STUDIES ON THE EFFECTS OF TOOTHPASTES ON ORAL ORGANISMS

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ABSTRACT

In order to ascertain the efficacy of some of commonly used toothpastes in Nigeria and to improve their antimicrobial qualities twenty three 23 toothpaste users were enrolled in the study Fifty 50 samples were collected of which 50 were mouth swabs and 50 were mouth washes Toothpaste TP C had the highest number of users and samples collected from users constituted 24 of the total samples Hundred isolates were obtained and characterized of which percentage of occurrence ranged from 22 of S aureus to 4 of C albicans pH of toothpastes was determined and the meanSTD pH of toothpastes ranged from 647007 of TP E to 770007 of TP B The MIC and MBC of antimicrobial agents on isolates was determined by broth dilution methods and ranged from 004mg/ml and 0625mg/ml of Ciprofloxacin to 375 and 50mg/ml of Erythromycin The KirbyBauer Disc diffusion method was used to determine antimicrobial activities of the toothpastes in vitro All toothpastes showed antimicrobial activity on isolates with mean zone of inhibition ranging from 1136mm E coli showed the highest sensitivity of 18 while C albicans showed lowest sensitivity of 132 to toothpastes TP A and TP F showed the highest effects on the isolates Crude extracts of C limon, C nucifera, A occidentale and D tripetla were obtained and screened in vitro for antimicrobial activities against isolates S mutans showed highest overall sensitivity of 229 to all the extracts A new toothpaste FennaPaste was formulated with common ingredients seen on toothpastes packs and also screened in vitro for antimicrobial activities against isolates There was significant difference in the activity of conventional toothpastes and newly formulated toothpaste pgt;005 when extracts obtained were added into the toothpastes Modifications of the extracts by heating and increasing of pH to 80 gave significant difference in activity pgt;005 Addition of these extracts in toothpaste is therefore suggested for improved antimicrobial effects

TABLE OF CONTENT

Title Page i

Certification ii

Dedication iii

Acknowledgement iv

Table of Contents v

List of Tables x

List of Figures xi

List of Plates xii

Abstract xiii

 

INTRODUCTION 1

General Objectives 5

Specific Objectives 5

 

LITERATURE REVIEW 7

History of Toothpastes 7

Classification of Toothpastes 8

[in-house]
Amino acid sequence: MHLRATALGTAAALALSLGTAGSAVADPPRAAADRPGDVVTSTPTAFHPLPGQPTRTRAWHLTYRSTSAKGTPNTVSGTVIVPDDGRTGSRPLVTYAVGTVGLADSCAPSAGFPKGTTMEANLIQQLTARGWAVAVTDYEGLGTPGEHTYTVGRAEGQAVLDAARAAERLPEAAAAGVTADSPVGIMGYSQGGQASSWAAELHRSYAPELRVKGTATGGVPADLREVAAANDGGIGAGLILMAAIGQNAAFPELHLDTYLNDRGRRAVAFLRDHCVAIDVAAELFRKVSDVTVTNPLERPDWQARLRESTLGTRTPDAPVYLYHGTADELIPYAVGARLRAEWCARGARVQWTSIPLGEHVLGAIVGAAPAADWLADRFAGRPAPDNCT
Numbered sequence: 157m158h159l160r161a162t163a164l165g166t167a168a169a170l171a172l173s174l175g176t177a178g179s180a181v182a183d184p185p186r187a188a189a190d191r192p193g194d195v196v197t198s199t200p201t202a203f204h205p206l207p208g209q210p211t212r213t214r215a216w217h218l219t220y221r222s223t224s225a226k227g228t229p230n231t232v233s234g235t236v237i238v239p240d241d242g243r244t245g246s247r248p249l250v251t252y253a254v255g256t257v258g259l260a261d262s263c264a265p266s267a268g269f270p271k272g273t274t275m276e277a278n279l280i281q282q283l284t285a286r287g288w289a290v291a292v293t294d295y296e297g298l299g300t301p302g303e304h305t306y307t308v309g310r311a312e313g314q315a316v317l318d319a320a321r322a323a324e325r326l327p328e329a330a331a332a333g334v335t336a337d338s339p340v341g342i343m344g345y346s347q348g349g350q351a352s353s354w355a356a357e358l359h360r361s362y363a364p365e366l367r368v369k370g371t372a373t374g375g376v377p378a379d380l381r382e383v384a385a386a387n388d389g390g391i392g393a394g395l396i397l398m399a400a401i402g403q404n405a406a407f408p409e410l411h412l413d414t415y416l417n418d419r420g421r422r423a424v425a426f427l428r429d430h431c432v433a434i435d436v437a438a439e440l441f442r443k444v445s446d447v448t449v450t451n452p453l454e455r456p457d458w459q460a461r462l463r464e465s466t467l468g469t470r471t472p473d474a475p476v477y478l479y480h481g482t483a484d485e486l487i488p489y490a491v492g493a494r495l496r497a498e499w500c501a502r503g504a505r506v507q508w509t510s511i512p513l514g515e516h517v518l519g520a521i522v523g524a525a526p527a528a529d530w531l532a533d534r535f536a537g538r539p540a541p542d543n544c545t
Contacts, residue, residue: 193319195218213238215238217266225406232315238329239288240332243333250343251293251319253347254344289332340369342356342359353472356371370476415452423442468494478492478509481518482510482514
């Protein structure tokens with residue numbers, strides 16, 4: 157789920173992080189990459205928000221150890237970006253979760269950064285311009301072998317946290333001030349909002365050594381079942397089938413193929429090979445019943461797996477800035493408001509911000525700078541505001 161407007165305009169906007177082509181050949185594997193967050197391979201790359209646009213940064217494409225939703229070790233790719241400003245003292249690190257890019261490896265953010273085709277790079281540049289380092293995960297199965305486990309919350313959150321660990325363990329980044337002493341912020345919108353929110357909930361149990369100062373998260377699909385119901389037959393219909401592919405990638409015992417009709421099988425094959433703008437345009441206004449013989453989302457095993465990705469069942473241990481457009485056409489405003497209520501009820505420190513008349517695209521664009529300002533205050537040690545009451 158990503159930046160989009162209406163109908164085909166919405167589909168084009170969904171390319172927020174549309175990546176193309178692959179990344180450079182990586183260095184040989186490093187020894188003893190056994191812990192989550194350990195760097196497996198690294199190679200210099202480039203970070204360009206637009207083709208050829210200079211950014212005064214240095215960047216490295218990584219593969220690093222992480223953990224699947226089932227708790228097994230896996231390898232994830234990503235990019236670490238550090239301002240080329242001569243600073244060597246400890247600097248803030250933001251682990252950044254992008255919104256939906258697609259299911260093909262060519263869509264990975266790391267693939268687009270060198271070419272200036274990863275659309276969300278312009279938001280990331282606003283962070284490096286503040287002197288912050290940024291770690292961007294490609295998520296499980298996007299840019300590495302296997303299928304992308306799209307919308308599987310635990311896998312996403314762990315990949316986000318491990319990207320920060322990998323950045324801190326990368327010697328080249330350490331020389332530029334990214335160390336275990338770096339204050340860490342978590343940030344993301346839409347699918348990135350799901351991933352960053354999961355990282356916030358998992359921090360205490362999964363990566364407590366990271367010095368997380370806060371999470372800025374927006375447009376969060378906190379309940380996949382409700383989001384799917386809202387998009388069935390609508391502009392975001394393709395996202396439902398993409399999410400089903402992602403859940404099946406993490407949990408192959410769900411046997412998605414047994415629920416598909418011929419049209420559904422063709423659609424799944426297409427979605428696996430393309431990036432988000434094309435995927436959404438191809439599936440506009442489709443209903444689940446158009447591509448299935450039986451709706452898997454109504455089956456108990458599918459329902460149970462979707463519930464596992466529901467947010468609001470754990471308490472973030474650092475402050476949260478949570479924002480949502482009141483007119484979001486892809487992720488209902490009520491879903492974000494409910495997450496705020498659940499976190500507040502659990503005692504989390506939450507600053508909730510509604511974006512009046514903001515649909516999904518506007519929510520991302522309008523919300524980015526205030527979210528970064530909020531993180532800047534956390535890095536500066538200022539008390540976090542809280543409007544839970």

Antidecay toothpaste 8

Desensitizing Toothpaste 9

Antiplaque toothpaste 9

Anticalculus toothpaste 9

Whitening toothpaste 10

Oral Organisms 14

Oral Health 14

Causes of Dental Caries 15

Epidemiology of Dental Carries 16

Gingivitis 18

Periodontitis 18

Oral Candidiasis 18

Epidemiology of Oral Candidiasis 19

Herbal medicine 19

Difference of Herbal and Conventional Drugs 20

Some Medicinal Plants and their Uses 22

Mode of Action of Antimicrobials 26

Antibiotic Resistance 28

Mechanism of Antibiotic Resistance 29

Lemon Citrus limon 30

Phytochemistry of Lemon 31

Cashew Anacardium occidentale 32

Phytochemistry of Anacardium Occidentale 34

Coconut 35

Dennettia Tripetala 35

Materials and Methods 37

Design of the Study 37

Specimens 37

Development of Questionnaire 38

Collections of Samples 38

Preparation of Culture Media 39

Isolation of Organisms 39

Subculture 39

Microscopy 39

Gram staining 39

Biochemical Tests 40

Coagulase test 40

Catalase test: 40

Citrate test 40

Triple Sugar Iron Agar TSI Agar 41

Indole Test 41

Methyl Red Test MR Test: 42

The Voges Proskauer test VP Test 42

Motility 42

Hydrogen Sulphide Production 43

Hydrogen Sulphide Production 43

Urease test 43

Test for sugar utilization 43

Microscopy for Yeast 44

Direct Mounts 44

Lactophenol Mount 44

Biochemical Tests for Yeast 44

Germ Tube Test 44

Determination of the Microbial Load of Different Brands of Toothpaste 45

Determination of pH of Toothpaste 45

Determination of Antimicrobial Sensitivity of Isolates 46

Antibiotic Stock Solutions: General Considerations 46

Preparation of Antibiotic Stock Solutions 46

Determination of Minimum Inhibitory Concentration MIC and Minimum

Bactericidal Concentration of MBC of Routine Antibiotics to Isolates 47

Preparation of the Inoculum 47

Broth tube Dilution Method 48

Reading Results 48

Determination of the Minimum Bactericidal Concentration MBC 48

Preparation of turbidity standard equivalent to 05 McFarland 49

Evaluation of the Antimicrobial Effects of Toothpastes 49

Preparation of paper discs: 50

Sensitivity Tests 50

Preparation of Cashew Leave Extract 51

Preparation of Lemon Citrus limon Extracts 51

Extraction of Lemon Juice 51

Extraction of Lemon Oil 52

Preparation of Pepper Fruit Dennettia tripetala extract 52

Preparation of Coconut Oil 52

Sterility Test 53

Preliminary screening of solvent for antimicrobial activity 53

Preliminary Screening of Extracts for Antimicrobial Activity 53

Sensitivity Test performance of Crude Extracts 54

Sensitivity testing of Combined Extract 54

Determination of MIC and MBC of Extracts 54

Determination of Antimicrobial effects of combination of toothpaste and extracts 54

Preparation of Toothpaste 55

Determination of pH of the newly formulated toothpaste 56

Determination of the sterility of Fennapaste 56

Determination of the antimicrobial Activity of FennaPaste F on Isolates 56

Determination of the effect of Individual extract with FennaPaste 56

Determination of the Effect of combined extracts with FennaPaste 57

Modification of Extracts 57

Determination of the Effects of modified extracts on isolates 57

Determination of the effects of active ingredients in toothpaste Sodium Flouride and Zinc Sulphate on Isolates 57

Statistical Data Analysis 58

Result 59

Discussion 85

Conclusion 89

Recommendation 90

References 91

Appendix A 100

Appendix B 101

Appendix C 102

Appendix D 103

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